Djeser-Djeseru or ‘Holiest of the Holy’, Hatshepsut’s mortuary temple built into the Theban hills at Deir el Bahri, encapsulates a carefully constructed presentation of her reign. Scholars have hypothesised as to whether Hatshepsut’s husband Thutmosis II, her official, Senenmut, or Hapuseneb, her High Priest of Amun, may have contributed to its design. Hatshepsut herself may have moulded the project, influencing the layout of this temple. Whatever the case, her reign saw an explosion of artistic creativity, with a reinterpretation of the traditional and mastery of the innovative incorporated within this structure. The first attested example of a processional avenue of sphinxes on the temple approach was one such original element, serving to highlight the temple’s importance and functioning as a ritually protective feature. Djeser-Djeseru’s design emulates that of earlier structures, in particular the Eleventh Dynasty mortuary temple of Nebhepetre Mentuhotep II, located nearby.

The Middle Kingdom was viewed as a time of great achievement in Egypt’s history; its earliest kings had successfully reunited Egypt after the collapse of the Old Kingdom. Hatshepsut’s regard for the Eleventh Dynasty ‘founder king’ Mentuhotep II, and her decision to build her mortuary temple next to his, may have had a political objective. Hatshepsut’s father, Thutmosis I had established a similar policy of association with distant royal predecessors when he enhanced cult places which emphasised ideological links with previous kings and with the divine aspect of kingship.

The periods of disunity which preceded the Twelfth and the Eighteenth dynasties were significant events within Egypt’s cultural memory. Hatshepsut’s association of her temple with that of an earlier king, a monarch who successfully re-established mAat through the reunification of Egypt might be viewed as a politically astute decision. On the inscription from a stone artefact, believed to originate from her temple’s foundation deposit, Hatshepsut refers to Mentuhotep as her ‘father’, an intriguing indication of her regard for a king who had died five hundred years earlier. Hatshepsut’s desire to associate her kingship with that of Mentuhotep’s reflects the great reverence in which this unifier of Egypt was held. Hatshepsut went further in her emulation of Mentuhotep’s mortuary temple, drawing on Middle Kingdom texts and ideology in her coronation narrative. Many inscriptions which the king used within her temple have ancient precedents composed in, “remarkably pure Classical Egyptian” (Baines 2007).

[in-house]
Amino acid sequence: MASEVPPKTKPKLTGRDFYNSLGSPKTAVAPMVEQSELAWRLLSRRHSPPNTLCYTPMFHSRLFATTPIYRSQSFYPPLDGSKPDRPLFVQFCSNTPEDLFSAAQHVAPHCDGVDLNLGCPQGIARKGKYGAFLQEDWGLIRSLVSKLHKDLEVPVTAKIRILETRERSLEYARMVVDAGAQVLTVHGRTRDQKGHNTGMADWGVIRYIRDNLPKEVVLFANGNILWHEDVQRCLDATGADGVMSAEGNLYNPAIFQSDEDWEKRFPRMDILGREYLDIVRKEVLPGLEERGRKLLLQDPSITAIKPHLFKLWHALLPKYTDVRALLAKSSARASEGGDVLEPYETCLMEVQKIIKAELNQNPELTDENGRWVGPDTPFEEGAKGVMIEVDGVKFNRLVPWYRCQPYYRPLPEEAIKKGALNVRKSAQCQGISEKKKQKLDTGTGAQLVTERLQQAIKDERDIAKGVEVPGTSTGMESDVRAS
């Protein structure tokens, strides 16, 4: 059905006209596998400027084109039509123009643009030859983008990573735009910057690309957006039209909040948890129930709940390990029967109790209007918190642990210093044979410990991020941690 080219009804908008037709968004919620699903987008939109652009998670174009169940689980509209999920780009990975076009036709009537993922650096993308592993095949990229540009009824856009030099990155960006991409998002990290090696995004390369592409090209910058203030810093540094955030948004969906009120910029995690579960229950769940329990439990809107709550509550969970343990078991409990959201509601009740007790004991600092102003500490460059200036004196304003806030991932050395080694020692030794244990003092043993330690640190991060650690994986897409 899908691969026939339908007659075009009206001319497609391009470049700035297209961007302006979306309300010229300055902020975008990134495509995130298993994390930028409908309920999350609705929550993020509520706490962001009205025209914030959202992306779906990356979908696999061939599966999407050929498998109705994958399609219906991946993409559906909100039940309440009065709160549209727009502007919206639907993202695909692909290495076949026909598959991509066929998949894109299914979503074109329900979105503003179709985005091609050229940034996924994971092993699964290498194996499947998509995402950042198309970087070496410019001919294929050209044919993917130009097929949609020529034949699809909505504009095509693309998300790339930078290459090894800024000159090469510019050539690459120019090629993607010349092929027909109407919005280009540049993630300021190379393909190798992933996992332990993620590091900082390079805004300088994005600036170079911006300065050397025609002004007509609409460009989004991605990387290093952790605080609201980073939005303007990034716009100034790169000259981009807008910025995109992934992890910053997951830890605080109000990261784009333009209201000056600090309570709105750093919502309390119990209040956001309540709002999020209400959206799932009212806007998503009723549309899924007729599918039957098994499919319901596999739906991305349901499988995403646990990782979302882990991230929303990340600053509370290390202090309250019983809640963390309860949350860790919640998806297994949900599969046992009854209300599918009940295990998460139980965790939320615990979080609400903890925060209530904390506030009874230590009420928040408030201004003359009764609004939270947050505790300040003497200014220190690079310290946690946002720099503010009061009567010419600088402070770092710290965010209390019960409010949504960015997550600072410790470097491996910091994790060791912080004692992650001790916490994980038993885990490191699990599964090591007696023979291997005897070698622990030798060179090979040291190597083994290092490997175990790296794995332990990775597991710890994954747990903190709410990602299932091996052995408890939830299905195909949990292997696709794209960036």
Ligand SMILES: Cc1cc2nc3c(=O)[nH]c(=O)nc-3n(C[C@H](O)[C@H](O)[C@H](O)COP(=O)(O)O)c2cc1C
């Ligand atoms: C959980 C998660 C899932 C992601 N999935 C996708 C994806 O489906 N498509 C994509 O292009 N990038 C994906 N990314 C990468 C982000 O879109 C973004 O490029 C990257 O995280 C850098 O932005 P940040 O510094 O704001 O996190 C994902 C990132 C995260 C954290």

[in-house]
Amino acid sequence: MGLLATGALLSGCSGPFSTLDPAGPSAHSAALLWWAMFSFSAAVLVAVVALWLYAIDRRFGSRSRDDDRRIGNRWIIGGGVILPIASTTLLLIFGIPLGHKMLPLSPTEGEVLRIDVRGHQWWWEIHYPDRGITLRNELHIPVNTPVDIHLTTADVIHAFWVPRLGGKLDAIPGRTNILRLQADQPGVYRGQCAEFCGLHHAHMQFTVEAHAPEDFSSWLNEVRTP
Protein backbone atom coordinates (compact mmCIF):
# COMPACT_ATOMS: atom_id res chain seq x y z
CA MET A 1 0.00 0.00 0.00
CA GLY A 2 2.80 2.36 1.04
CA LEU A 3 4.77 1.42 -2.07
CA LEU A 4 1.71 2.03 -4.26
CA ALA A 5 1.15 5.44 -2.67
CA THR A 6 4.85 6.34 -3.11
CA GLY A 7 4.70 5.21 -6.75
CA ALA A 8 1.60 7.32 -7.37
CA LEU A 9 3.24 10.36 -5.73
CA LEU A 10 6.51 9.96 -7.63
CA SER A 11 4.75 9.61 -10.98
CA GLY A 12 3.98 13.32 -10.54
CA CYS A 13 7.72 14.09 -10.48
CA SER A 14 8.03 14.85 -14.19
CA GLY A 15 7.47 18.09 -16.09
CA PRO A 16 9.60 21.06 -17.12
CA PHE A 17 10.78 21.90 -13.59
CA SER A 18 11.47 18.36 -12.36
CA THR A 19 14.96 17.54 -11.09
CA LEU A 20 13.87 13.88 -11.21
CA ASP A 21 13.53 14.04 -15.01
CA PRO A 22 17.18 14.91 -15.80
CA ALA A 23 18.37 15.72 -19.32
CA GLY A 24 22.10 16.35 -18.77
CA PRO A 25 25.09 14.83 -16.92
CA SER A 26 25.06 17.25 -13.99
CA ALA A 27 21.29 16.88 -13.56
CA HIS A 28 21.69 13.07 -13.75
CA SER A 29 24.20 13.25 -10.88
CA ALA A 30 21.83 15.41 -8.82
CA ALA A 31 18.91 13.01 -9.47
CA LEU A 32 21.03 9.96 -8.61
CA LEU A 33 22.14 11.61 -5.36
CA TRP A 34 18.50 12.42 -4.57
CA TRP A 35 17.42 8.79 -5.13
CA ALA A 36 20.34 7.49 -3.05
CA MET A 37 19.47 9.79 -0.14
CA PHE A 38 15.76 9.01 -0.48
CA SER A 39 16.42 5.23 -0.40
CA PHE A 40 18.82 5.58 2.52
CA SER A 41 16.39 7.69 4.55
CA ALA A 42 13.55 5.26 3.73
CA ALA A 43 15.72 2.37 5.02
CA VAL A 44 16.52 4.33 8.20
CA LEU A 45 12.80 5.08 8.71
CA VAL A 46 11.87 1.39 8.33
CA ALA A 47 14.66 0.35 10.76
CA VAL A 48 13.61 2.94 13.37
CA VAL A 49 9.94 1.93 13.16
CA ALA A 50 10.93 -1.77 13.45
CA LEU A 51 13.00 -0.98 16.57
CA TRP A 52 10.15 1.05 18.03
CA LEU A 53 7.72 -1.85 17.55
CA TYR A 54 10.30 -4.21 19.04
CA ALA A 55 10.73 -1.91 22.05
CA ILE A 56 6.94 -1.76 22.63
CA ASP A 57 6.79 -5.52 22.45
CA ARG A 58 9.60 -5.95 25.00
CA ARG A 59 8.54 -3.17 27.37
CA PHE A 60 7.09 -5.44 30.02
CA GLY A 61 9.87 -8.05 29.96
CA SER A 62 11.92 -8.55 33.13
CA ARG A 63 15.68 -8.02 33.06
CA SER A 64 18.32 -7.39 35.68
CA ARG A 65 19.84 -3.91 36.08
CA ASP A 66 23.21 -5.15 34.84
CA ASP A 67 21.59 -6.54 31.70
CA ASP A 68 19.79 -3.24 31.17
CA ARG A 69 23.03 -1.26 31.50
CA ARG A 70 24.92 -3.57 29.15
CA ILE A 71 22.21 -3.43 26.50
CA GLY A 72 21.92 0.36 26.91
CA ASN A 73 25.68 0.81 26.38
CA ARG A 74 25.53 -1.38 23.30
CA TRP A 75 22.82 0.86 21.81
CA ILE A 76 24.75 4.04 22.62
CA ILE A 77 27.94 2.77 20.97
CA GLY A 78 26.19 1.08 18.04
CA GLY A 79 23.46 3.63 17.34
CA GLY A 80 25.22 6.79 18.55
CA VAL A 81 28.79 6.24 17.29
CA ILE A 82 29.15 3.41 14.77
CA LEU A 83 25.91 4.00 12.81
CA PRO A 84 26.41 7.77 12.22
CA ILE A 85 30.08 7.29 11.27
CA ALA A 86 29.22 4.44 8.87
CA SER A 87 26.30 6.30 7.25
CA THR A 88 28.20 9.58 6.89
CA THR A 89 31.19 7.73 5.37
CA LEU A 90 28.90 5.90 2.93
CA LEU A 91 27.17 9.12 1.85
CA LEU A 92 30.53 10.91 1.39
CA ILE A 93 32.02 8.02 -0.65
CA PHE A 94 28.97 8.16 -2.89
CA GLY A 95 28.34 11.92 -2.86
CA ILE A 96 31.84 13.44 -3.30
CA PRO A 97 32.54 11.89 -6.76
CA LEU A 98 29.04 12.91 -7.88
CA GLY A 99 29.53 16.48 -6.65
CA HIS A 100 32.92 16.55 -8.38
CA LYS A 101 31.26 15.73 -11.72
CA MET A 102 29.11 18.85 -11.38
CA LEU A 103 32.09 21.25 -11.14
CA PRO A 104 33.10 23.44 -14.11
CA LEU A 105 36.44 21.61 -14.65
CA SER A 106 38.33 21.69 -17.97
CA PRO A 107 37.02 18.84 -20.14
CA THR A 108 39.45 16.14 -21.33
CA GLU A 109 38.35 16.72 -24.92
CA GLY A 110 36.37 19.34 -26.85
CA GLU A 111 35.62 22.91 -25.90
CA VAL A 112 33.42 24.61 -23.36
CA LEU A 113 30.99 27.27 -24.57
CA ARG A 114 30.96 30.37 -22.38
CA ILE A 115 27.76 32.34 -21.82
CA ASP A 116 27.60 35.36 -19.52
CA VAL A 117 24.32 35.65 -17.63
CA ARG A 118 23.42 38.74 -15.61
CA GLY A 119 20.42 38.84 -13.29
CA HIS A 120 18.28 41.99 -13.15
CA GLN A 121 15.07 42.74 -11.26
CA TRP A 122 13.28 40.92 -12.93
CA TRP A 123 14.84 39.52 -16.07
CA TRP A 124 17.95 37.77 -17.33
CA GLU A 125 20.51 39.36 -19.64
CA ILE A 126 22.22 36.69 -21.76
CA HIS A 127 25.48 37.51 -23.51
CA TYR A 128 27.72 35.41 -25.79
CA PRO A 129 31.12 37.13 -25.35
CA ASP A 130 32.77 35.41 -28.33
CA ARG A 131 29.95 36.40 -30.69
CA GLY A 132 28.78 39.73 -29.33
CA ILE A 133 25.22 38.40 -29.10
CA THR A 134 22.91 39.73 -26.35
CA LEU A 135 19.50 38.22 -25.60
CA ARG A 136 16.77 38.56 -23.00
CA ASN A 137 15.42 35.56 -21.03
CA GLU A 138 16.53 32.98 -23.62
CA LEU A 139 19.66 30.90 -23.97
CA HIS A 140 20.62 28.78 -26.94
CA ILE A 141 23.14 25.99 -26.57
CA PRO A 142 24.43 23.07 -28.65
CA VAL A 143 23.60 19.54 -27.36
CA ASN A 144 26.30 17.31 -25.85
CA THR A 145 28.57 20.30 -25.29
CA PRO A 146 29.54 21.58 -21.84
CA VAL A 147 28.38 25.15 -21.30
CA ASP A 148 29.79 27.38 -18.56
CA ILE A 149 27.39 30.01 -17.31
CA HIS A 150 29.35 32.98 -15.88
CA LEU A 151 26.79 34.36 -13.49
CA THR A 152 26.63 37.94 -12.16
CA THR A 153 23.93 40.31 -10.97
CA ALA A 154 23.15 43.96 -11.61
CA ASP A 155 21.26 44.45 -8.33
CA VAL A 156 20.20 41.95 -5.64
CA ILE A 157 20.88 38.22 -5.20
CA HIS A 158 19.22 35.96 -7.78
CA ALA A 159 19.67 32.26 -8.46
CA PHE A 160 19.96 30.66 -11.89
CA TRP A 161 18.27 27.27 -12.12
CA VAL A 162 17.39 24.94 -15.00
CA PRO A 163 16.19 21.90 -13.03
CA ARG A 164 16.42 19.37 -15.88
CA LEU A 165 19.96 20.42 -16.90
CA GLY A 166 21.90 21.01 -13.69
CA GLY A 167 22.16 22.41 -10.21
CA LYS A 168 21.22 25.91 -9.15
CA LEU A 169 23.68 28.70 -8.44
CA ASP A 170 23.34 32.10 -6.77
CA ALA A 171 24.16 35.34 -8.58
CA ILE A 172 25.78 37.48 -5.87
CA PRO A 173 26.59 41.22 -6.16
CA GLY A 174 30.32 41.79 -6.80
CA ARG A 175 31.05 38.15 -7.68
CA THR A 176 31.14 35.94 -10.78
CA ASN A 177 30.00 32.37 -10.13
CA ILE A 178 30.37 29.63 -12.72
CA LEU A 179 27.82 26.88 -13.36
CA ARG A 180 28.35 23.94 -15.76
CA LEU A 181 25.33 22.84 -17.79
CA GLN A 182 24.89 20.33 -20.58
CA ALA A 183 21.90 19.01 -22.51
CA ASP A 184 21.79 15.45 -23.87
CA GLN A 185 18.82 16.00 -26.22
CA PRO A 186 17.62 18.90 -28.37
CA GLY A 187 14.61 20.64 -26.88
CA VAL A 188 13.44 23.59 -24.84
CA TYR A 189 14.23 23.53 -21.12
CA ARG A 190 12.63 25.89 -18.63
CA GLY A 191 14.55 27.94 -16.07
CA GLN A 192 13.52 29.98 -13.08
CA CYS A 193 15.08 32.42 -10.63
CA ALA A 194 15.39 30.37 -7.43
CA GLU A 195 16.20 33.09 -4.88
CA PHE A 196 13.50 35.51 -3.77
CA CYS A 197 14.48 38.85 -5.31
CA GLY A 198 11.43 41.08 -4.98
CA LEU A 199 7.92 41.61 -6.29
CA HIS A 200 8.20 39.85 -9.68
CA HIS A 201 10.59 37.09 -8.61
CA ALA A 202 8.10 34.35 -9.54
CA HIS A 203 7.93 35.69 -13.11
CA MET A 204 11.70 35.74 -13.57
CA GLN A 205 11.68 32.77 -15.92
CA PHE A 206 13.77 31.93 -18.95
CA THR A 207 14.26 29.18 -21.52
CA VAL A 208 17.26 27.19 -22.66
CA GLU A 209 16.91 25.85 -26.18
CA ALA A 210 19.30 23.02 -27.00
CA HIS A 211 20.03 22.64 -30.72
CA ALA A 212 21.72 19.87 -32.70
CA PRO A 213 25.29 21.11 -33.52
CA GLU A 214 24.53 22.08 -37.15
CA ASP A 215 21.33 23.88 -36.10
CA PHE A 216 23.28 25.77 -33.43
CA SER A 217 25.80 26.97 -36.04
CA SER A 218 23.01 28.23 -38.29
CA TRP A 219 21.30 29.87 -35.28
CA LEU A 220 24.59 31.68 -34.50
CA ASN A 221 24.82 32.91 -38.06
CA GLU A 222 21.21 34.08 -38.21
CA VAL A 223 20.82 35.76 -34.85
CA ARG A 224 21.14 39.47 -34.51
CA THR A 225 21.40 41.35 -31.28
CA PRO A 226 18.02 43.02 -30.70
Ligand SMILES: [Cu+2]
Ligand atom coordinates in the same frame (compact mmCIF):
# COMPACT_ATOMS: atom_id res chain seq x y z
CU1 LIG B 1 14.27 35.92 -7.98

Hatshepsut in kilt, Metropolitan Museum of Art. By Verne Appleby

Figure 3. Hatshepsut in kilt, Metropolitan Museum of Art. By Verne Appleby

By the Twelfth Dynasty, a constellation model of kingship had evolved; the mythology of which indicated that the king was born of the sun god Re through a mortal mother. Mentuhotep dedicated part of his mortuary temple to the cult of Montu-Re, a warlike deity whose divine intervention had guided the king in the successful reunification of Egypt. Hatshepsut was the first king to revive this divine association with the royal mortuary temple, assigning part of her sanctuary to a temple for the gods. Djeser-Djeseru contained five separate cult chapels with its central shrine dedicated to Amun-Re, “father of the father of all gods”, an epithet first attested from Hatshepsut’s era (Hornung 1971).